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This happy and cheerful period on my blog would not be complete without some mention of Anton Makarenko’s “Pedagogical poem,” aka “The Road to Life.” (Full text available here.) Makarenko, in case you don’t know, was one of the founders … Continue reading →

### March 06, 2014

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A Le Monde mathematical puzzle that reminds me of an earlier one: Given ten tokens with different unknown weights, and a scale that can rank three tokens at a time, starting with ranking three tokens, what is the minimum number of actions necessary to rank the ten of them if (a) one token at a […]
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Filed under: Kids, Mountains, pictures, Statistics, Travel, University life Tagged: 14w5125, Advances in Scalable Bayesian Computation, Banff International Research Station for Mathematical Innovation, Bayesian computation, BIRS, Canada, MCMC, Monte Carlo Statistical Methods, simulation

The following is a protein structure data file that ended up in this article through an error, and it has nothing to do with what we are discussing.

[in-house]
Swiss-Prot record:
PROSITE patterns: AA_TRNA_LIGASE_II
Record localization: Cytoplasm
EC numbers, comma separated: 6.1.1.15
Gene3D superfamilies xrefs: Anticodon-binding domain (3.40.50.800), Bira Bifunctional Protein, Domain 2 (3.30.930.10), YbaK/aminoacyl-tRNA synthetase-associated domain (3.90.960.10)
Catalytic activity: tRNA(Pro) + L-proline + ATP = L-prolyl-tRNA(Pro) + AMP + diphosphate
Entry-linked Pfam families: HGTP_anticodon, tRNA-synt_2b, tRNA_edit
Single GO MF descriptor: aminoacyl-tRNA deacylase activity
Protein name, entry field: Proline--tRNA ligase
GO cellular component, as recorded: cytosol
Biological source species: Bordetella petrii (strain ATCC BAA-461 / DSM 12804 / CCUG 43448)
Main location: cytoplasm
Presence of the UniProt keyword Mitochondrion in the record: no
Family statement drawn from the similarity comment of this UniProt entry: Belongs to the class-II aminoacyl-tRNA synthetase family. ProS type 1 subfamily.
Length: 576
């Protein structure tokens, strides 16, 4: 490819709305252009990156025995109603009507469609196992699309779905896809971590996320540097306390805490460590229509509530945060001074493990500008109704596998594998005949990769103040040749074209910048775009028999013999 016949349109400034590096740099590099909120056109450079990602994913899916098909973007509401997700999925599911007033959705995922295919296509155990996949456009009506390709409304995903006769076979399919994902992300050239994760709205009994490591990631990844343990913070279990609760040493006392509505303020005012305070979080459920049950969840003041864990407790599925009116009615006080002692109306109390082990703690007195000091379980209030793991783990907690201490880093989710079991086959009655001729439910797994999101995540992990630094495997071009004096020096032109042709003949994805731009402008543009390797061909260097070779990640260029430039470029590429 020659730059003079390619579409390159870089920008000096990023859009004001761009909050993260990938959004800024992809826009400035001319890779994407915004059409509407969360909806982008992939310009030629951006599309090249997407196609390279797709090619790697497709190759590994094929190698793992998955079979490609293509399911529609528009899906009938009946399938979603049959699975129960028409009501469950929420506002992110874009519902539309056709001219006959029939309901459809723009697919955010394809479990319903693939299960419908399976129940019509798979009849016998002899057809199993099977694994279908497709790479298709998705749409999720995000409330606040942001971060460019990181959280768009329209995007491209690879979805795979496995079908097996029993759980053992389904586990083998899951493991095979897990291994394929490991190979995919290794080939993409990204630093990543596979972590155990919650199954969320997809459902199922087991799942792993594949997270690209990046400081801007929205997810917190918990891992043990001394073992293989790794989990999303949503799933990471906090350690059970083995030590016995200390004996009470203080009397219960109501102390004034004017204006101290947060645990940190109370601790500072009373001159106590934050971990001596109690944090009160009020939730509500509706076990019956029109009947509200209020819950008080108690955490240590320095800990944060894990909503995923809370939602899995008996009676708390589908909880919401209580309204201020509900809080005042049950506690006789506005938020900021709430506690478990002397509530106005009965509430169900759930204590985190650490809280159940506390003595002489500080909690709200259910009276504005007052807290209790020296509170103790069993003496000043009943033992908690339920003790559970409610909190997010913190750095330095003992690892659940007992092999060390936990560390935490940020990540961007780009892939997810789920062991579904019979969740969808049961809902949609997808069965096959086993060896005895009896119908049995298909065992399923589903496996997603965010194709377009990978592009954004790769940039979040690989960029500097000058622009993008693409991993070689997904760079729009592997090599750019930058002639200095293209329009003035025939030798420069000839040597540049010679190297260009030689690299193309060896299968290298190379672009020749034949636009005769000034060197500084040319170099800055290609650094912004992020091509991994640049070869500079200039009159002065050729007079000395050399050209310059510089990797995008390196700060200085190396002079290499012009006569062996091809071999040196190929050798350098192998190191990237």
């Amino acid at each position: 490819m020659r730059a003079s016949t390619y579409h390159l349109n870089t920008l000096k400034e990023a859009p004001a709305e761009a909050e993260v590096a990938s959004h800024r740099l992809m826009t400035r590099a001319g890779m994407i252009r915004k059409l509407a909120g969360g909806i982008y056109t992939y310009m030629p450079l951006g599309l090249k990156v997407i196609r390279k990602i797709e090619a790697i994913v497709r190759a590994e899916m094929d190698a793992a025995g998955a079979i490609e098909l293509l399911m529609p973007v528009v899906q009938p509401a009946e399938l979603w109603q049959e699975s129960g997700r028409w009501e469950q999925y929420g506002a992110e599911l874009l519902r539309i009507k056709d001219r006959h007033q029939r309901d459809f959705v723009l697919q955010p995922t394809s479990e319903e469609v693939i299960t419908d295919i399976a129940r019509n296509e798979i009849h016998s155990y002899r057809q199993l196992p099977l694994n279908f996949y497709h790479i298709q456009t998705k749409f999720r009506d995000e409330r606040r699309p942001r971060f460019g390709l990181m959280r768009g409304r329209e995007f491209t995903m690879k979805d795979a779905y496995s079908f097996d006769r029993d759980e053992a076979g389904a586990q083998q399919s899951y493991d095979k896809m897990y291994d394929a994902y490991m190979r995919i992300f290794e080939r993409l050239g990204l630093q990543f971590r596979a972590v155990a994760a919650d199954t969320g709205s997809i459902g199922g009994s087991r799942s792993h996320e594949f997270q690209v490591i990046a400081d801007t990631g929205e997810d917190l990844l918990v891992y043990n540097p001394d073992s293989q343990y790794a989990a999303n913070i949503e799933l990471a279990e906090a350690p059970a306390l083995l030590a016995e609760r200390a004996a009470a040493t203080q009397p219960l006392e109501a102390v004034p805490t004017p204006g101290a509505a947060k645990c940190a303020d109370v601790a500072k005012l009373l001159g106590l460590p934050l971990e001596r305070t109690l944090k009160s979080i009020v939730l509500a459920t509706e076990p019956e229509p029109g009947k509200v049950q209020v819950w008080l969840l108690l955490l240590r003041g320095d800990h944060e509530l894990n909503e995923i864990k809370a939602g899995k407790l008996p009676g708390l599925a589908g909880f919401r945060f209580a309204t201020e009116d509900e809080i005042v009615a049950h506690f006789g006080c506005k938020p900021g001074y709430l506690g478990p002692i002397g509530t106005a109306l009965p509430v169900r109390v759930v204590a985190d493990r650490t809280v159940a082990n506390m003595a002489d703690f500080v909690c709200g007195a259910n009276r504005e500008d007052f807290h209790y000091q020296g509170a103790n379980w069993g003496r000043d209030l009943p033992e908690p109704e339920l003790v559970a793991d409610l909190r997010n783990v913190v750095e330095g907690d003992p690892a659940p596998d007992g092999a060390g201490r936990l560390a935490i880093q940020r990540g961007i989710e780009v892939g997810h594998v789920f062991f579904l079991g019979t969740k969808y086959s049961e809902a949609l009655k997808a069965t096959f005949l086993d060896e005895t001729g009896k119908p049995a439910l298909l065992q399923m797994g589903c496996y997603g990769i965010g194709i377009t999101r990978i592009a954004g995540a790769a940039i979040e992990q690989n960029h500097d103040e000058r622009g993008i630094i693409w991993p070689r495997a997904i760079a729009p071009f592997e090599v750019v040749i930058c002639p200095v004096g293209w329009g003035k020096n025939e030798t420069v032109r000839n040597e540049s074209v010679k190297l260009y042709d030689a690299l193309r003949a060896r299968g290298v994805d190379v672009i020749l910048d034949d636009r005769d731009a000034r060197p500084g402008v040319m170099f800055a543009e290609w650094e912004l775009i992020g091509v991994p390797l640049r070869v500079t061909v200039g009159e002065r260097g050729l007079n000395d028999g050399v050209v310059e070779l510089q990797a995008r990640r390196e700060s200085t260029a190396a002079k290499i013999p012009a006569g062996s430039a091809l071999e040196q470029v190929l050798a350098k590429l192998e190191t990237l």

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(da Eta Beta e la cometa al fenantrone)
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The inverted calculus class is on a sound theoretical footing and we know how to create learning objectives and pre-class activities for it. But how to get students along for the ride?
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As in the previous post, all computations here are at the formal level only. In the previous blog post, the Euler equations for inviscid incompressible fluid flow were interpreted in a Lagrangian fashion, and then Noether’s theorem invoked to derive the known conservation laws for this equation. In a bit more detail: starting with Lagrangian […]